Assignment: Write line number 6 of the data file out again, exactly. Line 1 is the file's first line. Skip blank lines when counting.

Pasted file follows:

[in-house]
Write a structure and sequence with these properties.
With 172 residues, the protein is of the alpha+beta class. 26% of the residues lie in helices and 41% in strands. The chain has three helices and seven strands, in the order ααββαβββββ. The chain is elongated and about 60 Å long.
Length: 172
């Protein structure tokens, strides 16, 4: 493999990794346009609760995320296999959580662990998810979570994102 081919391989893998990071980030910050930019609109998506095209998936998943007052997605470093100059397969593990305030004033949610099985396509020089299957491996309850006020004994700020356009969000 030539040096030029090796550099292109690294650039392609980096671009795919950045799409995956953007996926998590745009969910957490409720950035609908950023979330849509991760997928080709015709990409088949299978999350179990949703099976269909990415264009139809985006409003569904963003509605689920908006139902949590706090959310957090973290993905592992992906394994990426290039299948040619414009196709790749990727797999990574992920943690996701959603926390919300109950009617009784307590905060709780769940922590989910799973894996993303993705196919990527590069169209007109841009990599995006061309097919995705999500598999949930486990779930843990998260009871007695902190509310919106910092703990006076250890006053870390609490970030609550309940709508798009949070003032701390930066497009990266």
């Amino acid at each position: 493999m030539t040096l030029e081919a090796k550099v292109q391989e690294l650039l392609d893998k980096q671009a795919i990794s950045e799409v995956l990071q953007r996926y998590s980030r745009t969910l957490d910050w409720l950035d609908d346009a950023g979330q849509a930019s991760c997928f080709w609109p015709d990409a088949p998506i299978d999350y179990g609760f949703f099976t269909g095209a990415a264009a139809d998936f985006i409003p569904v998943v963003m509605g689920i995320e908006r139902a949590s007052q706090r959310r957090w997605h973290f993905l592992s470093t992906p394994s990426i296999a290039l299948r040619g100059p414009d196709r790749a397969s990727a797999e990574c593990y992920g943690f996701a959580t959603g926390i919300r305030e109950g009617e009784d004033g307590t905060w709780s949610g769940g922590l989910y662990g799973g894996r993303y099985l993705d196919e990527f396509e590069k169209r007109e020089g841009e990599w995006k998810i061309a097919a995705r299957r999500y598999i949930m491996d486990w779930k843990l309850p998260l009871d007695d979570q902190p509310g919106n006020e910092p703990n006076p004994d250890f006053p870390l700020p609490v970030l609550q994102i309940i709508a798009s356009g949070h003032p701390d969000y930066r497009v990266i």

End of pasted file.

């Amino acid at each position: 493999m030539t040096l030029e081919a090796k550099v292109q391989e690294l650039l392609d893998k980096q671009a795919i990794s950045e799409v995956l990071q953007r996926y998590s980030r745009t969910l957490d910050w409720l950035d609908d346009a950023g979330q849509a930019s991760c997928f080709w609109p015709d990409a088949p998506i299978d999350y179990g609760f949703f099976t269909g095209a990415a264009a139809d998936f985006i409003p569904v998943v963003m509605g689920i995320e908006r139902a949590s007052q706090r959310r957090w997605h973290f993905l592992s470093t992906p394994s990426i296999a290039l299948r040619g100059p414009d196709r790749a397969s990727a797999e990574c593990y992920g943690f996701a959580t959603g926390i919300r305030e109950g009617e009784d004033g307590t905060w709780s949610g769940g922590l989910y662990g799973g894996r993303y099985l993705d196919e990527f396509e590069k169209r007109e020089g841009e990599w995006k998810i061309a097919a995705r299957r999500y598999i949930m491996d486990w779930k843990l309850p998260l009871d007695d979570q902190p509310g919106n006020e910092p703990n006076p004994d250890f006053p870390l700020p609490v970030l609550q994102i309940i709508a798009s356009g949070h003032p701390d969000y930066r497009v990266i």